After watching Mel standing against the wall, I stood still and saw myself “watching” (or hearing, or feeling) at different stages in my life—from a child, past the present, to eventually laying face down.
Mel reflecting on Dianne’s solo descending to the floor:
An envelope arrives
Stopping to hear someone’s poem
Clouds moving sideways into shapes
Waiting to go down a slide in a park
Folding into a basket
The hands on the clock stop.
My writing was watching Mel connected to Robbie (wheelchair)—also starting from standing and descending until laying next to/under him.
Dianne writing as she witnesses Mel’s duet with Robbie:
A worker behind a plough
A child hiding from its father
A sea captain steering his way
A grieving woman fallen on the funeral carriage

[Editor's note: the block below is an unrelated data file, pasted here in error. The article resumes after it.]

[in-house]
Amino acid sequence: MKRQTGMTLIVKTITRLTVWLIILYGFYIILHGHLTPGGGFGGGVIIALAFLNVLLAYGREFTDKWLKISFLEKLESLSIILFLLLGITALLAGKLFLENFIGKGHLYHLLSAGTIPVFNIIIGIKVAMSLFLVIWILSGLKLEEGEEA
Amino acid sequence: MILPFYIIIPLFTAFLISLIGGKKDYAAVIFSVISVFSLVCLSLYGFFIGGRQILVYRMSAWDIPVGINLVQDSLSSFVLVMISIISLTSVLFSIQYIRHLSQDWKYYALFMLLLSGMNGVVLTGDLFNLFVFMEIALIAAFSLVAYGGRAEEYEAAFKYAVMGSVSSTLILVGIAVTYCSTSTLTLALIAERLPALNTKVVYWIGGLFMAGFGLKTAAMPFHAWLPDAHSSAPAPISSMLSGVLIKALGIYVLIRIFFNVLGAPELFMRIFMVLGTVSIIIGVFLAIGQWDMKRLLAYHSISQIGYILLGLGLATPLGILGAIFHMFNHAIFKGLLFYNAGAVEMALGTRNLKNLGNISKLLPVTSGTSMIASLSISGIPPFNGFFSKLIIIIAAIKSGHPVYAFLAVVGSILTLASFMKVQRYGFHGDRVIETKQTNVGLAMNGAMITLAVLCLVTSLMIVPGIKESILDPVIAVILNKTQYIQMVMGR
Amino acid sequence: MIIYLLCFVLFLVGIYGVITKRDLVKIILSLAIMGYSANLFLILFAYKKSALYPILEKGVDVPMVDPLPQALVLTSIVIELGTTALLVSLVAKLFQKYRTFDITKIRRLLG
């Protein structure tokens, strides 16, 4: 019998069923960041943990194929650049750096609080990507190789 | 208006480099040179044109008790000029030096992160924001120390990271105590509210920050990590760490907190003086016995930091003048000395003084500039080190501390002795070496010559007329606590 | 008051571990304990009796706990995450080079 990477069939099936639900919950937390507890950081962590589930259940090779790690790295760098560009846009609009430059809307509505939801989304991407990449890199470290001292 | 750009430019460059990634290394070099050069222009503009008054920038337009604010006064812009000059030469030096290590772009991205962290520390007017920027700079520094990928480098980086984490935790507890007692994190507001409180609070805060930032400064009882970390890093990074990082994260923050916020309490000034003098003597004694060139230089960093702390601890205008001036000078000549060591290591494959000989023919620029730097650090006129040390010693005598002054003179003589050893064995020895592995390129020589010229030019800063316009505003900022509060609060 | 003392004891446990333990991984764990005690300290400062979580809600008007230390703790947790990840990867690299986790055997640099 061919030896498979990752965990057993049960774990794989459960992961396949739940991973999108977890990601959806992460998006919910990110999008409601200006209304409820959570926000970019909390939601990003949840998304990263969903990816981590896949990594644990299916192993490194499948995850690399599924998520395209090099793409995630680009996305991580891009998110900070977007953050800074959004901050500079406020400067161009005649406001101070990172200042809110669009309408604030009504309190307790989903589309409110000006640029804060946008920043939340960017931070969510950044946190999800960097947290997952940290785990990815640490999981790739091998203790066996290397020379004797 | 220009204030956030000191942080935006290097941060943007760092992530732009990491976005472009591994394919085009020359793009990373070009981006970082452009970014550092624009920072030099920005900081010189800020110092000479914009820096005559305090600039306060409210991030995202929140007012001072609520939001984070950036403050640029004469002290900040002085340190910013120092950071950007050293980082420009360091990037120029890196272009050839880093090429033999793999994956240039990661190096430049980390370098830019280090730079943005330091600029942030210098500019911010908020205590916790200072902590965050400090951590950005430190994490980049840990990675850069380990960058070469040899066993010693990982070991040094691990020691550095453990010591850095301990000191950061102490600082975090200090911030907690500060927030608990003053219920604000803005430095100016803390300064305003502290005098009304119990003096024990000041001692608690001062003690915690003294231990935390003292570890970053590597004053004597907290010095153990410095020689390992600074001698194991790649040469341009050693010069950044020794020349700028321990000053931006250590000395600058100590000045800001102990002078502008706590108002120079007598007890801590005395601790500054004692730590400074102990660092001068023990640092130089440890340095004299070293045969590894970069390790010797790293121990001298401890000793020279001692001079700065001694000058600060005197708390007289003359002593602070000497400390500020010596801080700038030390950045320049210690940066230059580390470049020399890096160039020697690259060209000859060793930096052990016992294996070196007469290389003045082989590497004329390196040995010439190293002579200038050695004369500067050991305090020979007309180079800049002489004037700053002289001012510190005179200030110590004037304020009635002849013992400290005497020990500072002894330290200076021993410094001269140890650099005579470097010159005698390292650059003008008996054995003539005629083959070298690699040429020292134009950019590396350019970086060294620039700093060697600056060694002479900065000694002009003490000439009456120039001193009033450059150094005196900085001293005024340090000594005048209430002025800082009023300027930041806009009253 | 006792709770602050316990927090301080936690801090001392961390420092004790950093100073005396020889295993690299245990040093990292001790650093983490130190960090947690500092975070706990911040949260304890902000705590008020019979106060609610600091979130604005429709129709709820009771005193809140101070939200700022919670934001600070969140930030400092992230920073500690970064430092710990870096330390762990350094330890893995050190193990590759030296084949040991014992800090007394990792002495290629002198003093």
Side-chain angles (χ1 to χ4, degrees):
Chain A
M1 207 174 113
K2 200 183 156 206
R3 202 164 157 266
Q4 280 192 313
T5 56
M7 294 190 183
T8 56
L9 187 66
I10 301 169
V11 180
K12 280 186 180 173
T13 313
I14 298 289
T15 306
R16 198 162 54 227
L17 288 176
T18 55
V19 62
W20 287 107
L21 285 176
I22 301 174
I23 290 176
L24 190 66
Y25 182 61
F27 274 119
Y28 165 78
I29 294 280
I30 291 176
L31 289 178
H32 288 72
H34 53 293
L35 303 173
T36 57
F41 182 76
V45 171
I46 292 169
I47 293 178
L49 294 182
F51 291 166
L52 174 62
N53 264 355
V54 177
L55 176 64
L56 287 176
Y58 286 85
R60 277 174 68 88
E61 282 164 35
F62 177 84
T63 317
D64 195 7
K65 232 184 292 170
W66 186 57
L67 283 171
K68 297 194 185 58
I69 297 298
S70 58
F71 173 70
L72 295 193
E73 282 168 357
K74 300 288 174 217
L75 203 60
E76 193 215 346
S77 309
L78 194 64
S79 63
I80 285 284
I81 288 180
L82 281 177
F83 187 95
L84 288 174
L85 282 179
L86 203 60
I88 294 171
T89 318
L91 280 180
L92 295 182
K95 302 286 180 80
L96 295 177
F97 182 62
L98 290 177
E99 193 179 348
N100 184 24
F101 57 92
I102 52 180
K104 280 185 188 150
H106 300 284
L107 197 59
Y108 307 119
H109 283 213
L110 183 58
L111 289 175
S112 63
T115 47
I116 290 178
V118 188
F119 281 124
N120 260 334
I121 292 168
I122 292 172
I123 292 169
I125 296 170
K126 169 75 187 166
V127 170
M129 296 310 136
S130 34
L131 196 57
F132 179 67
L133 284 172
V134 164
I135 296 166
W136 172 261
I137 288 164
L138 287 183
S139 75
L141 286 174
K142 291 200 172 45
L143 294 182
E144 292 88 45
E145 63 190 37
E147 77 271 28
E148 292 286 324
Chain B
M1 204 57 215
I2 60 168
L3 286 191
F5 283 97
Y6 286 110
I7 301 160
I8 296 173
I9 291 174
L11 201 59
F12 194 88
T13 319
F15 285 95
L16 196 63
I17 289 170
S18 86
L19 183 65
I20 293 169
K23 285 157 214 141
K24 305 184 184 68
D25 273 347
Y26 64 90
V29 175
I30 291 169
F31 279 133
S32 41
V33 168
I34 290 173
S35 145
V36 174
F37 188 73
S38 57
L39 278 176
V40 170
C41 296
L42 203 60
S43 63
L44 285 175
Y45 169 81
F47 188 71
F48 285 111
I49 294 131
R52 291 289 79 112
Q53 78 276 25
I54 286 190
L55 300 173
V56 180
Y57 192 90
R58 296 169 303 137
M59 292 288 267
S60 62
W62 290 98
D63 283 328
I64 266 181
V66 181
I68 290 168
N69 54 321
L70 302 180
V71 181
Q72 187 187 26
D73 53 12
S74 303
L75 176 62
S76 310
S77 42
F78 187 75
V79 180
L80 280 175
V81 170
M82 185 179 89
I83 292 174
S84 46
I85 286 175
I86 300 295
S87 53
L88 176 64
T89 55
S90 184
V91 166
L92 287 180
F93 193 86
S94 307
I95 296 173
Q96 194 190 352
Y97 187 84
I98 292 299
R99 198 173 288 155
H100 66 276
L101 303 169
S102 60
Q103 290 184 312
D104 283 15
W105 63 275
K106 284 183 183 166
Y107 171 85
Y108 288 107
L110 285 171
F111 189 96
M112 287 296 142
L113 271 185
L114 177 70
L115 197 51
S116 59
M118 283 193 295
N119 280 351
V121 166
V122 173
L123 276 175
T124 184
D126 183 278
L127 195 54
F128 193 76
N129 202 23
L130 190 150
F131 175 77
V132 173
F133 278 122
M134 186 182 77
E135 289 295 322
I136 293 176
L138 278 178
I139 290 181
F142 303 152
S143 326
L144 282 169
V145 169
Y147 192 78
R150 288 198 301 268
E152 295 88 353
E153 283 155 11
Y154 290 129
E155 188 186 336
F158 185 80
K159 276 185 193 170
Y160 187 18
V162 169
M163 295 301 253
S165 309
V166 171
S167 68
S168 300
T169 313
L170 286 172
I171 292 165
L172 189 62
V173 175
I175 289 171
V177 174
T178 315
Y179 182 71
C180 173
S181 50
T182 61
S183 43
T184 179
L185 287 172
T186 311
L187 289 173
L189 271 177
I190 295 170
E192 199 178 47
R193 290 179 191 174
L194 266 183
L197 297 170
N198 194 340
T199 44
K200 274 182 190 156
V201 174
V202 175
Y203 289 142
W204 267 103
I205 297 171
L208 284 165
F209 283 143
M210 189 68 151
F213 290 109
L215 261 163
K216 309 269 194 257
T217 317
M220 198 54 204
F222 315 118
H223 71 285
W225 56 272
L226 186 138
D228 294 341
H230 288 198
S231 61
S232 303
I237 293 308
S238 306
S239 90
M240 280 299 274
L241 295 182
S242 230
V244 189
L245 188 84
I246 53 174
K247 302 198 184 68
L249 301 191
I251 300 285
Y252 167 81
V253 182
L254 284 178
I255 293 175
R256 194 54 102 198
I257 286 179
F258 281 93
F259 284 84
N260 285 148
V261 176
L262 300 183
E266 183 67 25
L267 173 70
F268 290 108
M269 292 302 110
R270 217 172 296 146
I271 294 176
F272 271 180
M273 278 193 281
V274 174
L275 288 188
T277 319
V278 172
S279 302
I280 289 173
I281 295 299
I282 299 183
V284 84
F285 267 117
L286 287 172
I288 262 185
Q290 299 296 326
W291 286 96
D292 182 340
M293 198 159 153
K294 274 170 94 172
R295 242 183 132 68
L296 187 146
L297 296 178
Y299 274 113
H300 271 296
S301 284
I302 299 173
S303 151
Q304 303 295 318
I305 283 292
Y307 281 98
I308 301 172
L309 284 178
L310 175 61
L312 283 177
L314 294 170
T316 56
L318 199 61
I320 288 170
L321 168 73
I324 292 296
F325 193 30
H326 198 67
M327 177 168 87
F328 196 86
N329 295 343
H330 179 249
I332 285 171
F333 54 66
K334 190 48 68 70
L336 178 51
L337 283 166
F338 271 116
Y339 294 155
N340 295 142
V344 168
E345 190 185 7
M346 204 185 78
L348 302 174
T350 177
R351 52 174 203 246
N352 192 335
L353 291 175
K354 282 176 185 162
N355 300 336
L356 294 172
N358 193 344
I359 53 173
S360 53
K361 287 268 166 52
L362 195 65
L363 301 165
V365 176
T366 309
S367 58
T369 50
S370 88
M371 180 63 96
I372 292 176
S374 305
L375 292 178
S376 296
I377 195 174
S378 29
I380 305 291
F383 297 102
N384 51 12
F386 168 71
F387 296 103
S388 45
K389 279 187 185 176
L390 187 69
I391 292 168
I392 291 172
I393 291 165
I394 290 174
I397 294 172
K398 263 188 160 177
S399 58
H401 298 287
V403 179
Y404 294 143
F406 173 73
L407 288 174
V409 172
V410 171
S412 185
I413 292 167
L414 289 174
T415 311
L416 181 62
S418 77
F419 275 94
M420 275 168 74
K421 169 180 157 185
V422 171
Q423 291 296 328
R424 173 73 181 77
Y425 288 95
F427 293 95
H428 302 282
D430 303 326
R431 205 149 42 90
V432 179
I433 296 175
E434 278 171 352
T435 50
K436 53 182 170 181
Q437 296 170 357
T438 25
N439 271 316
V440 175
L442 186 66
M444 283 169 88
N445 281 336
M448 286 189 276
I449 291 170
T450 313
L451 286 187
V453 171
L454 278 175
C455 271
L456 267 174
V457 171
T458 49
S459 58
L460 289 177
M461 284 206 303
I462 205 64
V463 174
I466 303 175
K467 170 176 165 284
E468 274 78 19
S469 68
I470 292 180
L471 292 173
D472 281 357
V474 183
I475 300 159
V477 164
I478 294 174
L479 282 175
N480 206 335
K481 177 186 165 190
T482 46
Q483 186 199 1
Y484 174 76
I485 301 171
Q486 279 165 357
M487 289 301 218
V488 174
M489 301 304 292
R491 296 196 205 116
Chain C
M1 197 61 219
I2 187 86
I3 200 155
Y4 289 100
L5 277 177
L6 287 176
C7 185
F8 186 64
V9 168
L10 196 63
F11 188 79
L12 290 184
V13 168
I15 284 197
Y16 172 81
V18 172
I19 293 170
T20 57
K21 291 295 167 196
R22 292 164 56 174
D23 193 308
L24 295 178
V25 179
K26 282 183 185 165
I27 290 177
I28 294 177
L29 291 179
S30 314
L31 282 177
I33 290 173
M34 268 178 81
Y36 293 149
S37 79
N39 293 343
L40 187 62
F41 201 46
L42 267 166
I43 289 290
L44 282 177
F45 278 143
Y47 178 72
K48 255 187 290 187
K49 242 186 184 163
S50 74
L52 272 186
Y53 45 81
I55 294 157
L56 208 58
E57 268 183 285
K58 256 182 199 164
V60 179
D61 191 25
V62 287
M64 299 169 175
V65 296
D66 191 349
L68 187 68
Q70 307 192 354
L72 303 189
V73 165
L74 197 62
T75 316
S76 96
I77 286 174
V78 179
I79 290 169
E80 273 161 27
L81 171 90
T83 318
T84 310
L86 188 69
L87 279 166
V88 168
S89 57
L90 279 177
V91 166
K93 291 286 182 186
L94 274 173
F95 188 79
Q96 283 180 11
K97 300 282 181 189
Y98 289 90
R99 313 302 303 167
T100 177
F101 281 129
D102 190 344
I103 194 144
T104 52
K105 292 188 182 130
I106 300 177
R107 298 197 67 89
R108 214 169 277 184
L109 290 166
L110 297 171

A baby’s first sight of the world
An old man forgetting where he is
An animal looking for food
A lost child looking through a window
remembering a joke
wearing a coat
trying on wings
captive in the stocks
dragged through the bush
sunstruck and parched
listening to the earth.
Reflecting on the present as a continuing collaboration with the past
how time facilitates listening, knowing, and deepens the potential of the next moment
interrogating the moment—of how we move and watch—in each new place, with each new audience (witness, camera) in that future dance moment